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Illawarra Shoalhaven implements myBeepr to enhance clinician communication

Written by Pulse+IT on 10 December 2021.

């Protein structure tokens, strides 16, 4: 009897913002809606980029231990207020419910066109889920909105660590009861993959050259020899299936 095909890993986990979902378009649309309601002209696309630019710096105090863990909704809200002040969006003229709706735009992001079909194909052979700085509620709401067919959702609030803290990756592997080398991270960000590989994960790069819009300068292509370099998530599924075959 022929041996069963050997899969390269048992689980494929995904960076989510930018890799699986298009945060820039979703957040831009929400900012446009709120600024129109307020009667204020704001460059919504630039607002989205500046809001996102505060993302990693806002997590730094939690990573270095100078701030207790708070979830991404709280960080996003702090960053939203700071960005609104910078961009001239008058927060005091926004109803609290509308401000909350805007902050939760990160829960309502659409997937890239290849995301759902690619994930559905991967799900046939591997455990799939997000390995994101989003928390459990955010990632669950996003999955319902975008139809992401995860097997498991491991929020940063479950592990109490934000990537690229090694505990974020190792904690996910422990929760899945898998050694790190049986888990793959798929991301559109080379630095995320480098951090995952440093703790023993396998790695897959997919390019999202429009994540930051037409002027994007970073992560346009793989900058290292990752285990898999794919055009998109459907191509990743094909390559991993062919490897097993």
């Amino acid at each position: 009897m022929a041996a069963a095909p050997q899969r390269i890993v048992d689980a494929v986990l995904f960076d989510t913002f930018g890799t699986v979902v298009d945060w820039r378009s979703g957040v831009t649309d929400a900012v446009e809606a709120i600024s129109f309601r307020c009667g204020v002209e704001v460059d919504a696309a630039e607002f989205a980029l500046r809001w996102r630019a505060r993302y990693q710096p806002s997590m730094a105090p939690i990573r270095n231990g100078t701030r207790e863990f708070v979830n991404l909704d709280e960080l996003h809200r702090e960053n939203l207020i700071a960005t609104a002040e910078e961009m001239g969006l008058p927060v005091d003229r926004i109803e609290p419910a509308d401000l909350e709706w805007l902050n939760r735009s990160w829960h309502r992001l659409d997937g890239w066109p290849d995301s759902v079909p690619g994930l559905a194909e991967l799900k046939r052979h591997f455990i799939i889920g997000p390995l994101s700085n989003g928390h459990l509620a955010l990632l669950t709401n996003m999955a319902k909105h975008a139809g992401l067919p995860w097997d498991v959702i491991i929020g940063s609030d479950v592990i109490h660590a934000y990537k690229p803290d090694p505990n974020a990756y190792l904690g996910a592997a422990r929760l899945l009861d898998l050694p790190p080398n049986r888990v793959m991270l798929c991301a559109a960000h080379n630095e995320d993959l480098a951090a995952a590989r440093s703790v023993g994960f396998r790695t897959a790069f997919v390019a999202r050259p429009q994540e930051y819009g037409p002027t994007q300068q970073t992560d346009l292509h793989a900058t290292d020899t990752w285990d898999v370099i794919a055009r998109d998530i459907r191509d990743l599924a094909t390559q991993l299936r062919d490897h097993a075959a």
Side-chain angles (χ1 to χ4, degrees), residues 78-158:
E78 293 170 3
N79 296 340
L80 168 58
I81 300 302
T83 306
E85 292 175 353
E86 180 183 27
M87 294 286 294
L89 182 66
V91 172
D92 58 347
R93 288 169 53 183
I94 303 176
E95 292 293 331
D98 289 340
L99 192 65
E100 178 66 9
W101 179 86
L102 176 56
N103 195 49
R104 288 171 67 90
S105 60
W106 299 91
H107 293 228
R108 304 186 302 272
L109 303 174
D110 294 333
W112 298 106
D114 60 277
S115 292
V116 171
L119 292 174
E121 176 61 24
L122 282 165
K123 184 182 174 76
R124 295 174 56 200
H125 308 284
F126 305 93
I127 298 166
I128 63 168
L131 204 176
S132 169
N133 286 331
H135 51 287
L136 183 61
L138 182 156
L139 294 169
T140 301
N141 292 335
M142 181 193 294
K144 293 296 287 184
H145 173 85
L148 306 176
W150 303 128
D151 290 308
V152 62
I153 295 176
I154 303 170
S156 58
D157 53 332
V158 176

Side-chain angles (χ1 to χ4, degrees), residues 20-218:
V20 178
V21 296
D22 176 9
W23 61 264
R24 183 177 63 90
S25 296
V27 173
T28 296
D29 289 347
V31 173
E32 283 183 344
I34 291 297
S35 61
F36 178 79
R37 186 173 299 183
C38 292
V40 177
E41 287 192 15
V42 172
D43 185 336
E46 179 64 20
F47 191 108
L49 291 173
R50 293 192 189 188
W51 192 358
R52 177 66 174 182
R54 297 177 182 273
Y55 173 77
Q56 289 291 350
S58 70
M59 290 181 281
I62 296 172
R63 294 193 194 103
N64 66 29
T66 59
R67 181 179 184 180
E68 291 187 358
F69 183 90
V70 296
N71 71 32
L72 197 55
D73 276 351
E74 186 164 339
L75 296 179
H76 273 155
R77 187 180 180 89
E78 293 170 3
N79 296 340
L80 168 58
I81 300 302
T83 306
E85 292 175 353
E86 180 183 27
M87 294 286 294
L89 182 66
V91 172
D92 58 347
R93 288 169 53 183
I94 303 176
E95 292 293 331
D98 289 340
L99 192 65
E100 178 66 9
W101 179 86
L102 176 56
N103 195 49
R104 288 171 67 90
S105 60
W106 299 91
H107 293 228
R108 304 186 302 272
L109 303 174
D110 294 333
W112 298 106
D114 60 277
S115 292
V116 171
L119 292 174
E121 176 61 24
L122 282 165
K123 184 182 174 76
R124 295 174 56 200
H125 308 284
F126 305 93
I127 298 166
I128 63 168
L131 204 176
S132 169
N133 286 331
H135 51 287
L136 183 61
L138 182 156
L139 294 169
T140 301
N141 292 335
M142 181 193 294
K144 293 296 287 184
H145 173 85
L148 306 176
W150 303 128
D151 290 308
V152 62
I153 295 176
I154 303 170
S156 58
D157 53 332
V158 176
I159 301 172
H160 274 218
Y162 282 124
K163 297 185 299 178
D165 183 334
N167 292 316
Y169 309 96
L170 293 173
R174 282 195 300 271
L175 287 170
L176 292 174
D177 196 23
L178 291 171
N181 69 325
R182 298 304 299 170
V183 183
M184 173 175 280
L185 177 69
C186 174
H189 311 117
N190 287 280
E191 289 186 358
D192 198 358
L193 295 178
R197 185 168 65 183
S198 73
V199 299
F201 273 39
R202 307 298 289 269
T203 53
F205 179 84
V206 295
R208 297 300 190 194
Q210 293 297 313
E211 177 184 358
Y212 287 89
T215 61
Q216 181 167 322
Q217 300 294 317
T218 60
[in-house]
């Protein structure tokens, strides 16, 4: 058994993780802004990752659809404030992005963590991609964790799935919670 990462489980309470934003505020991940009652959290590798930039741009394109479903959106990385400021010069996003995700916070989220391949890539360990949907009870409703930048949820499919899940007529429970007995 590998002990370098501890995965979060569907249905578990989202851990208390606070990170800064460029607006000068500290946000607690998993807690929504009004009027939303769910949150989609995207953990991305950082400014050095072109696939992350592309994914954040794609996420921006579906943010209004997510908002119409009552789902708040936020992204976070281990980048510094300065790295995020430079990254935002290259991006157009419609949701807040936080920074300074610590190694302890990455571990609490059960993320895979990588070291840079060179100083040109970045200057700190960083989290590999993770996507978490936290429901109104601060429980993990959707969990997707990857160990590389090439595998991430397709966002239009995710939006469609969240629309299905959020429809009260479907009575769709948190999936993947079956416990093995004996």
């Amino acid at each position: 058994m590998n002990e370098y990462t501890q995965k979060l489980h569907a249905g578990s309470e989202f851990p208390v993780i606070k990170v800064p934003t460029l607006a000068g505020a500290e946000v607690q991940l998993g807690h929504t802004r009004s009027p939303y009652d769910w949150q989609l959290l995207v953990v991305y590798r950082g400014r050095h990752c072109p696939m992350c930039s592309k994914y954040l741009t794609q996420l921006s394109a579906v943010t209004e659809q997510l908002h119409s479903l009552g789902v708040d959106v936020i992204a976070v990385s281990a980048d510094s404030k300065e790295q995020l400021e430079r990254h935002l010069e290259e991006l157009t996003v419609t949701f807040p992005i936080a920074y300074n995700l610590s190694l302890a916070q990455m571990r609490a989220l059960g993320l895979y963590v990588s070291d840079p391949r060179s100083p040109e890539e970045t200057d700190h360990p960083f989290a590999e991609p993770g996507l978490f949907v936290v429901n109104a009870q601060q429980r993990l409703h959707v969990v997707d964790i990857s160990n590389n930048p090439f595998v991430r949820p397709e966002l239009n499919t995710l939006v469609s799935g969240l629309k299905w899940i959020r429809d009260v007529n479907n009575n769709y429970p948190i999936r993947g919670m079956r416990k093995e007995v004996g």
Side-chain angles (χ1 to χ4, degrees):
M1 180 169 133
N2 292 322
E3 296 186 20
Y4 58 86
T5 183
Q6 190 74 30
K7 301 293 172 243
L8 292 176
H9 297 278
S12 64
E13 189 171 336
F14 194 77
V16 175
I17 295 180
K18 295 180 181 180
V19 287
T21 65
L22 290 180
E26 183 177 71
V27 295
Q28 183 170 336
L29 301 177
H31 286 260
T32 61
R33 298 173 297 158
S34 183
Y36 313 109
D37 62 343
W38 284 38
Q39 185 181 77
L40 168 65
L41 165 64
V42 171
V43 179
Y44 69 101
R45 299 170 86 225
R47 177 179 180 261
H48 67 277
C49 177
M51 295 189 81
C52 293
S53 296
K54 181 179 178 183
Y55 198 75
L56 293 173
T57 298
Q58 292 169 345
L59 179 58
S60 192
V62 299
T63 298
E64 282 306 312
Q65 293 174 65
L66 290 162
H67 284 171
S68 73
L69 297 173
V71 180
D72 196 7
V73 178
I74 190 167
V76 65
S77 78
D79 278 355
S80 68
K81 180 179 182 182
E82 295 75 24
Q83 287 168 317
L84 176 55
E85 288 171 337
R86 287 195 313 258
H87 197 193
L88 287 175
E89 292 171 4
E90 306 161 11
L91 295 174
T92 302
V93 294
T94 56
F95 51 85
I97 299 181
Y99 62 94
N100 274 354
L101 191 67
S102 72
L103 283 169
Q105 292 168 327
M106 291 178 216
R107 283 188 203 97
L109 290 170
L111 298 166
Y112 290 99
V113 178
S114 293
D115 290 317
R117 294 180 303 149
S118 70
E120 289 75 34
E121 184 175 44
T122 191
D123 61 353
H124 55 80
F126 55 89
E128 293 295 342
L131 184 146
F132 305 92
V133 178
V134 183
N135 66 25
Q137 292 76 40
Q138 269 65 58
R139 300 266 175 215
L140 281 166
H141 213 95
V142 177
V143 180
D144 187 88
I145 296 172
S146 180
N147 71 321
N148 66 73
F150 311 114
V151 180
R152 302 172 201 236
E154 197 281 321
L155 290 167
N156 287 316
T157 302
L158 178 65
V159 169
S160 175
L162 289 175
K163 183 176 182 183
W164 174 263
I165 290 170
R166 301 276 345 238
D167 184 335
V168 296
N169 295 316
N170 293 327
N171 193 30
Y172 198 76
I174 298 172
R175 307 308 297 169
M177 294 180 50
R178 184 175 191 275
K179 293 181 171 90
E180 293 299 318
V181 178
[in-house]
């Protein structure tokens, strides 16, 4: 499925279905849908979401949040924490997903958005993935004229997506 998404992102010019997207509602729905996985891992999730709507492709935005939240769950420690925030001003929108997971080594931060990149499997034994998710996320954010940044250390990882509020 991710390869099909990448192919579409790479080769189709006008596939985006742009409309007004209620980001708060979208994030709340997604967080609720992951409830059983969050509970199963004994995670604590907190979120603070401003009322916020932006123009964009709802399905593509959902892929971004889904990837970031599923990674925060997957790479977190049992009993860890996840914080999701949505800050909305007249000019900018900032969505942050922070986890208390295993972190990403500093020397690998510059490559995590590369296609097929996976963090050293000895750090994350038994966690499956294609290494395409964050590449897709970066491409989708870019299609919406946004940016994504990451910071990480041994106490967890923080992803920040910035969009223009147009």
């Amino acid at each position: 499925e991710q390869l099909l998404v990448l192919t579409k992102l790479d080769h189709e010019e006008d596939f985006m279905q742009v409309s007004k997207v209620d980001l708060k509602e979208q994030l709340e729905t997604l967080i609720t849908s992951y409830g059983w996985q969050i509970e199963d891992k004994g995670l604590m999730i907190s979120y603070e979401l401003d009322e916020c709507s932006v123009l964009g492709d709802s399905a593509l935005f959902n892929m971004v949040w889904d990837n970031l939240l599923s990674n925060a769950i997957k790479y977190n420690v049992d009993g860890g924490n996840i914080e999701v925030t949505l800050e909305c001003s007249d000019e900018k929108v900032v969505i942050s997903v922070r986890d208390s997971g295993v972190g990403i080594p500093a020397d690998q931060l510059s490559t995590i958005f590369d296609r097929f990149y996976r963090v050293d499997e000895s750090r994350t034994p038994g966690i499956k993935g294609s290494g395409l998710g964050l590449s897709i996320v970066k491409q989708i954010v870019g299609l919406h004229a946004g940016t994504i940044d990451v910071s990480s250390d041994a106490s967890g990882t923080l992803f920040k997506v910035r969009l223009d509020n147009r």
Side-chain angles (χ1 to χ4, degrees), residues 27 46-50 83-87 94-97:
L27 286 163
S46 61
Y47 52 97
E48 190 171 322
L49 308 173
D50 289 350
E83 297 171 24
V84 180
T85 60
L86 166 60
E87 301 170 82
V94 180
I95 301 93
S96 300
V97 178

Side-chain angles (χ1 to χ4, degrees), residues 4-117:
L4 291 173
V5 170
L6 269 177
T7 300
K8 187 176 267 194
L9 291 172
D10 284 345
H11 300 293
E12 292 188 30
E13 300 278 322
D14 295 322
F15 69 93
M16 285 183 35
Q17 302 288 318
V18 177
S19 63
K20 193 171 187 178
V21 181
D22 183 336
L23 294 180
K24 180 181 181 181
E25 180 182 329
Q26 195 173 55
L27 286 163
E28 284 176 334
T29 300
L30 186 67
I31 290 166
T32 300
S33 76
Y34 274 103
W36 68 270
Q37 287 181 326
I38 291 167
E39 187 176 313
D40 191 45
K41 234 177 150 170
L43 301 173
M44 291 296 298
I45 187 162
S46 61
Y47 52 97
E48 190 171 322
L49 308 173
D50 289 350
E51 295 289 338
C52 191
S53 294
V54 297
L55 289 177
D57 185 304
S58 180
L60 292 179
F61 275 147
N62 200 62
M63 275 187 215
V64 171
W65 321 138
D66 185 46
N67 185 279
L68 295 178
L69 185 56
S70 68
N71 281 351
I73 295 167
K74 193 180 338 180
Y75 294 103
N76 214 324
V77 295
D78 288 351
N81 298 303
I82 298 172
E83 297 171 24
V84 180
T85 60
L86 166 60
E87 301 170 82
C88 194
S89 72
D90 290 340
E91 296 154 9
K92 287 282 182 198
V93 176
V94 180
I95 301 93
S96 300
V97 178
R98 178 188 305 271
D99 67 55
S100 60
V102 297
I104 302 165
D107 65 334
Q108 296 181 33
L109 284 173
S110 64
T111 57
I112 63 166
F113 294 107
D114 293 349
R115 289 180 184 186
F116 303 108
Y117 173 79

Illawarra Shoalhaven Local Health District (ISLHD) has rolled out the myBeepr clinical communication platform to all eight hospitals in the district. myBeepr is a clinical collaboration platform that allows staff to create individual and group chats, conduct role-based messaging and transmit secure clinical photos. It can also be used as a LAN-paging replacement. The platform also allows hospitals to connect with GPs and specialists in the community, connecting acute and primary care. The implementation of myBeepr was accelerated given the response to the COVID-19 pandemic and the shift in the hospital to a ward-based care model. myBeepr is now being used by more than 950 staff, boasting greater than 90 per cent user uptake among doctors, most popularly in general surgery and the emergency department. ISLHD is using it for secure messaging, live rostering, clinical photography and as a LAN-paging replacement for non-urgent communication. ISLHD’s director of medical workforce, Justine Harris, said that prior to the myBeepr implementation, clinical staff were using a combination of LAN-paging, email, phones and smartphone applications. “The widespread use of non-compliant smartphone applications represents a potential breach in patient privacy,” Dr Harris said. ISLHD accelerated the implementation of myBeepr in response to the need for enhanced communication during the COVID-19 pandemic. myBeepr customised the platform and created unique COVID-19 roles to support clinical staff in creating specific COVID care team groups. Geriatrician Clair Langford said the COVID-19 pandemic created an extremely fluid environment and clinical teams and staff were changing on a daily basis. “We knew we had to move to a ward-based care model and potentially shift back when cases eased and myBeepr supported that evolving framework,” Dr Langford said. An unexpected benefit from the implementation has been in mental health and wellbeing support for doctors, particularly junior medical officers. This has been particularly important for furloughed staff who were required to isolate away from colleagues. “myBeepr allowed junior doctors to form a social network,” she said. “Clinical staff set up support groups and the clinical coordinator was able to check in on staff to see how they were coping.” myBeepr also allowed some staff to work remotely and therefore stay in touch with their colleagues and the hospital system. Dr Langford said one of the major benefits of myBeepr has been the Live Directory feature and the ability to use the platform as an alternative to the antiquated LAN-paging system. myBeepr provided ISLHD staff with a live roster of all clinical staff, their roles and specialty, their clinical availability and whether or not they were on-call for their department. Dr Langford said it was difficult for the hospital switchboard to keep up to date with the latest roster. “Recently, I needed to contact the plastics registrar who was on-call and receive advice on a wound,” she said. “Using myBeepr made it easy to find out who was covering this role and, importantly, I was able to use the platform to quickly and easily send them a secure clinical photo.” myBeepr CEO Vikram Balakrishnan said the platform has been implemented in 14 sites in 2021 including in St George Hospital in NSW, as well as in Victoria and more recently Western Australia.

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